SpyDialer.com Launches Internet's First Lookup for Phone Spam, According to CEO

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Phone Spam like robo-calls is on the rise, but Spy Dialer has an answer while government and industry insiders seeks a long-term solution.

Spy Dialer Phone Spam Screenshot

The Spy Dialer website lets users check phone numbers against a real-time database of known phone spammers.

Spy Dialer knows who the phone spammers are before anybody -- including the government agencies who are fighting spam

According to FCC chairman Tom Wheeler, "Robo-calls are currently the number one complaint the FCC receives from consumers." On August 19, the FCC convened a Robo-call Task Force designed to bring telephone industry and government regulators together to find a solution to the problem. While the Robo-call Task Force is looking for a permanent fix, a website called Spy Dialer has its own solution to minimize the impact of unwanted calls on phone owners. The website has just released the Internet's first lookup of known phone spammers that allows users to check their "missed calls" for free.

"Spy Dialer knows who the phone spammers are before anybody -- including the government agencies who are fighting spam," says private investigator and Spy Dialer CEO Robert Scott. "When we see hundreds of different visitors at our website looking up the same phone number in a short period of time, there's only one possible reason why. They've all been spammed by the same phone number."

According to the Spy Dialer founder, increasing phone spam like robo-calls, opinion surveys and unwanted telemarketing sales pitches have caused many people to simply stop answering calls from unknown callers. The calls typically go to voicemail, where more often than not there is a hang-up, leaving the call receiver wondering if something important was missed. His website offers people a chance to see if it was a known spammer calling.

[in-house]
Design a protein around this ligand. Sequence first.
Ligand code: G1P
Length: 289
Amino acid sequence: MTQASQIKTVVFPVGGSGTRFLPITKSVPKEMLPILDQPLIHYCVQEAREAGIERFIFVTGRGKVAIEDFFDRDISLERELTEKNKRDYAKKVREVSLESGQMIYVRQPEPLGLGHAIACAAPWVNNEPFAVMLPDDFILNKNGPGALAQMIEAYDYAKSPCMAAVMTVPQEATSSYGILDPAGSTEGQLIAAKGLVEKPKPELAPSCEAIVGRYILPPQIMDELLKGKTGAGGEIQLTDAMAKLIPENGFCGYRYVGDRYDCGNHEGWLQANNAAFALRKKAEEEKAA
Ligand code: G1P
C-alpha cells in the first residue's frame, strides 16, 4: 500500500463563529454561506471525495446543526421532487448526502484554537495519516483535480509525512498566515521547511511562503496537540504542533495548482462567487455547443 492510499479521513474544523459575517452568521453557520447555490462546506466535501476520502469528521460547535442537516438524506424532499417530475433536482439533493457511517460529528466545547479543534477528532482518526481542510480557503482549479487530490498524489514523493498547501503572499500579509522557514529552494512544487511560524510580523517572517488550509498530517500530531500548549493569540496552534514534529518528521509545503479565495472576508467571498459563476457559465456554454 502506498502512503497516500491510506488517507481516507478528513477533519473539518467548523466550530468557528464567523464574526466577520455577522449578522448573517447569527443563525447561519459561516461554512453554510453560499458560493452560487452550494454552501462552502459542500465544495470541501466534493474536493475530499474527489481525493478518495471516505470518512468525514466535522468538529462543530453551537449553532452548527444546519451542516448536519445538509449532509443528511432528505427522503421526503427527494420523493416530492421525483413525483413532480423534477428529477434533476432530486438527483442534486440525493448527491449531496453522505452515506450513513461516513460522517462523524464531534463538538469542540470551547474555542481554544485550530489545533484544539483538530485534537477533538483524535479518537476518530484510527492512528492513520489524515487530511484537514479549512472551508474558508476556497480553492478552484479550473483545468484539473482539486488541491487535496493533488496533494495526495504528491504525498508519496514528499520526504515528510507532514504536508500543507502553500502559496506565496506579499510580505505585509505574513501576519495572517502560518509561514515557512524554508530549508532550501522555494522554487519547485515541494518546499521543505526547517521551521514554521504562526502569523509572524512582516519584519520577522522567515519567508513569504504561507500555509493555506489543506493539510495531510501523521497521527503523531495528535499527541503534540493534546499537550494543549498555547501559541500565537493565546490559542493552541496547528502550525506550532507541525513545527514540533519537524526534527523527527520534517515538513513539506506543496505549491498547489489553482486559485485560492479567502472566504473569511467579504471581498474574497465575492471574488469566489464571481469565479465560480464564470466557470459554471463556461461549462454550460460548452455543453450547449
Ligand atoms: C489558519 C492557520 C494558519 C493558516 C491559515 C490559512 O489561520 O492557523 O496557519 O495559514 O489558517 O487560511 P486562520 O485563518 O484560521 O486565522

Scott says there has been a sharp increase in phone spam in recent years, because calls can now be made easily over the Internet, outside of traditional telephone networks. "This makes it easy for black-hat spammers who don't care about the law or the 'Do Not Call' lists, to fire off millions of voice spam messages cheaply and anonymously."

Scott also cautions that this is not just a matter of shady characters operating on the edges of the Internet. There are many legal but unwanted robo-calls as well. For example, election year recorded messages. "It's a fact of life in the swing states like Ohio -- many people simply won't answer their phone unless they recognize the number, because they're getting crushed with political robo-calls," he added.

Both the Federal Communications Commission (FCC) and the Federal Trade Commission (FTC) are charged with controlling phone spam, and both publish the phone numbers of suspected spammers. "These lists are only a little useful at best," says Scott. "They are often out of date before they are published. They're often more about what number was spamming, not what number is spamming."

The FCC task force is scheduled to make its first report before the end of the year. "Most people are hoping to see a real solution to see these unwanted calls so they do not even reach their handsets. But in the meantime, Spy Dialer can provide an answer to people who are not answering calls from unknown numbers to avoid phone spam."

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Robert Scott, CEO and Founder
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